Wednesday 20 July 2016

Kobo Glo HD Install

The BlueFlyVario_TTL_GPS_v11 installed in a Kobo Glo HD is a great combination. This post has taken a while to put together as a little bug was worked out of XCSoar by the developers. Most of the install procedure is the same as with other Kobo models and earlier versions of the Bluefly. In this post you can read how to put it all together. You should also read earlier posts about the BlueFly and Kobo:

What you will need

Gather the following things:
  • BlueFlyVario_TTL_GPS_v11 module. You will not need the header, wires or Dupont connector that comes with it; but you will need the small piece of neoprene, and some of the heatshink. 
  • Some smaller wires. I think the wires from a small piece of 4 core telephone cable are just right. 
  • A Kobo Glo HD. 
  • A Bluefly Kobo Glo HD Simple Case, you can download this case from Thingverse. Find a friend with a 3d printer or order a copy from an online 3d printing service.
  • Some double sided tape and superglue.
  • A good soldering iron and some skill using it. 
  • A sharp knife. 
Step 1 - Set up XCSoar on the Kobo

This procedure starts pretty much the same as earlier installs. Get the Kobo, make sure it works as a standard eReader, then remove the back cover and back up the internal SD card. Note the back cover of the Glo HD pops off by running around the edge with your fingernail. After the SD Card is backed up install XCSoar as described on the XCSoar download page. When XCSoar is working power off the Kobo.

Note that you should make sure you install XCSoar version 6.8.5 or later. That version fixed a small bug which affected the performance of the display in earlier versions when there were rapid vario data updates. 

Step 2 - Solder the BlueFly module to the Kobo

Start by soldering the four thin wires to jumper J4 at the top right hand side of the circuit board. Do not be tempted to use one of the other ports; they do not work. Most people will not have much trouble soldering in Tx, Rx, and V, however you will probably find GND difficult as it needs more heat. Don't use too much or you will damage the board.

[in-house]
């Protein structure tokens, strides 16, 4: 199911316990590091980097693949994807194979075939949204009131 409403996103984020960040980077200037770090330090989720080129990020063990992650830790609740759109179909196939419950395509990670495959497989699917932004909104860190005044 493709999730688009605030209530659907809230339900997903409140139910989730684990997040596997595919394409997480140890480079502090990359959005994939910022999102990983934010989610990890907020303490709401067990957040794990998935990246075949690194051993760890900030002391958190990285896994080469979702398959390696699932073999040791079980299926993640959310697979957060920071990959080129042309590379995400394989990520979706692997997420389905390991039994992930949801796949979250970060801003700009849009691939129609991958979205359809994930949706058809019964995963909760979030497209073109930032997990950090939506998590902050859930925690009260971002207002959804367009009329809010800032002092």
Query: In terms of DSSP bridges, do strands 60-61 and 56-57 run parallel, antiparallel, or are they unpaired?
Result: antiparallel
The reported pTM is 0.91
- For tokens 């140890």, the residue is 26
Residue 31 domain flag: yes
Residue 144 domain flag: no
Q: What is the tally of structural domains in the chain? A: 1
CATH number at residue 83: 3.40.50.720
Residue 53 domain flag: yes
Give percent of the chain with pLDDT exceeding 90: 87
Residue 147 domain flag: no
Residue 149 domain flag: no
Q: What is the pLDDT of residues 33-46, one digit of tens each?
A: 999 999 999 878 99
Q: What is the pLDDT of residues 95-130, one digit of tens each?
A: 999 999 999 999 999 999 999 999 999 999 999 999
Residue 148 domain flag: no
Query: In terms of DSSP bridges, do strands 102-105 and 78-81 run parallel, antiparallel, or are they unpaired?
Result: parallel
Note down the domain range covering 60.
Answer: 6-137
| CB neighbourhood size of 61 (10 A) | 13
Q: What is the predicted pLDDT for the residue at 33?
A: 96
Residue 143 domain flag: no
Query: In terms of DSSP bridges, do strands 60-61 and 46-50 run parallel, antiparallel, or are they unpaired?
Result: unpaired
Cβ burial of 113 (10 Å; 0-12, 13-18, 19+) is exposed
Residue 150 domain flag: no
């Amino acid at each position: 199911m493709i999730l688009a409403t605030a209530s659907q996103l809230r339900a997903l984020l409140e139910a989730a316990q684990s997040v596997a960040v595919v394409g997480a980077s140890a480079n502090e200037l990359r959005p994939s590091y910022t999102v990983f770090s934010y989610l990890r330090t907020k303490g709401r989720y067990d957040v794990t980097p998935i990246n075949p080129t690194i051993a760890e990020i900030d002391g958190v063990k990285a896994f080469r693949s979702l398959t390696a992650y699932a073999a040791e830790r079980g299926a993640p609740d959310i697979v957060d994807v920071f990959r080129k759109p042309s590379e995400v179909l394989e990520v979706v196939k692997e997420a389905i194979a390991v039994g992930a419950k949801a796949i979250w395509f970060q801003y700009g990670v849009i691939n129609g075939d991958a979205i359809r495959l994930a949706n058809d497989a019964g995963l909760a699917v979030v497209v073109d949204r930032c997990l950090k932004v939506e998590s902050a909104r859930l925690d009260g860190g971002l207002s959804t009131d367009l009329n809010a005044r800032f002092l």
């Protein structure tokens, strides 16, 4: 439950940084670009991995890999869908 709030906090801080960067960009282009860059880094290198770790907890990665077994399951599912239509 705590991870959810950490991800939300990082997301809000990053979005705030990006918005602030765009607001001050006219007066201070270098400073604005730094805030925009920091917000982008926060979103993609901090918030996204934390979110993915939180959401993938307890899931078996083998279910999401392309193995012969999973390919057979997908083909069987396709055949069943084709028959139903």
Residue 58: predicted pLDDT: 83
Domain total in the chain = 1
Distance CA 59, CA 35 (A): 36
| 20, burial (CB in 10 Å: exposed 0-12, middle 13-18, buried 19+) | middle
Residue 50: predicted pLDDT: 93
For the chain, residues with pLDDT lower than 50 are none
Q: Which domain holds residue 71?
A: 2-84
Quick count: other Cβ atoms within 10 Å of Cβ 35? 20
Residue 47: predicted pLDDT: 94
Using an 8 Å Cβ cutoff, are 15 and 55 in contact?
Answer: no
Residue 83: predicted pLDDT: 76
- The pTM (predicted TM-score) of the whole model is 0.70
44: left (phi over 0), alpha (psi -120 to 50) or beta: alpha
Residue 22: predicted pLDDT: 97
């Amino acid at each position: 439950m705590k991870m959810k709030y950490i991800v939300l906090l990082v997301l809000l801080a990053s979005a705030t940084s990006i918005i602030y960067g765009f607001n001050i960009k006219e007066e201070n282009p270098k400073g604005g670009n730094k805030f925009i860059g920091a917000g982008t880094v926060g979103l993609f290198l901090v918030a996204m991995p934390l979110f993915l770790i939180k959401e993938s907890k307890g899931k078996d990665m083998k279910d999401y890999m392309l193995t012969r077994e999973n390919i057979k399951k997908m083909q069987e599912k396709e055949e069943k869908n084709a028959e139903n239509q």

The wires are then routed out the side of the case. You should use a sharp knife to make the appropriate holes in the bezel and the back.

Attach the BlueFlyVario_TTL_GPS_v11 module to the wires. Make sure to solder V to V, GND to GND, KoboTx to BlueFlyRx and KoboRx to BlueFlyTx. The image below shows the BlueFly module attached with the wires so that there is about 2mm between the edge of the Kobo bezel and the BlueFly module. Ignore the hole in the top of the bezel; that is from earlier experiments. 

Step 3 - Install the  Case

The case file is printed as a single object. The image below shows the file printed in blue abs on a pretty rough 3d printer.

The part on the left breaks off and is the lid of the case. 

Add the neoprene to the pressure sensor:

Then secure it with a little of the heatshink.

The main part of case fits under the bezel and the BlueFly fits in it (this image was before I soldered the wires so I could get the length right)

Fix the case to the Kobo with a few bits of double sided tape underneath and along the side. If you are super confident you might want to glue it, but I found that the double sided tape was good enough. Also use some double sided tape between the bezel and the lid. To finish the install glue the lid to the case with superglue. In the image below I just fixed it with some tape.

Step 4 - BlueFly Configuration

Configure XCSoar by adding the BlueFly in the devices menu. Initially use the BlueFlyVario driver and make sure you set the baud rate at 57600. Check the monitor to see data streaming in from the BlueFly.

Next install this BlueFlyMenu.xci file using the procedure described in this earlier post. This file adds a few menu options. Use the LXMode button to send a few commands to the BlueFly to change the output mode and rate, then adjust the driver to the LXNav driver. Check out some of the other commands by inspecting the xci file in a text editor. Alter the file to adjust other hardware settings described in Annex A to the Hardware Settings Manual.

Using It

XCSoar is very powerful and has many options. Fly safe!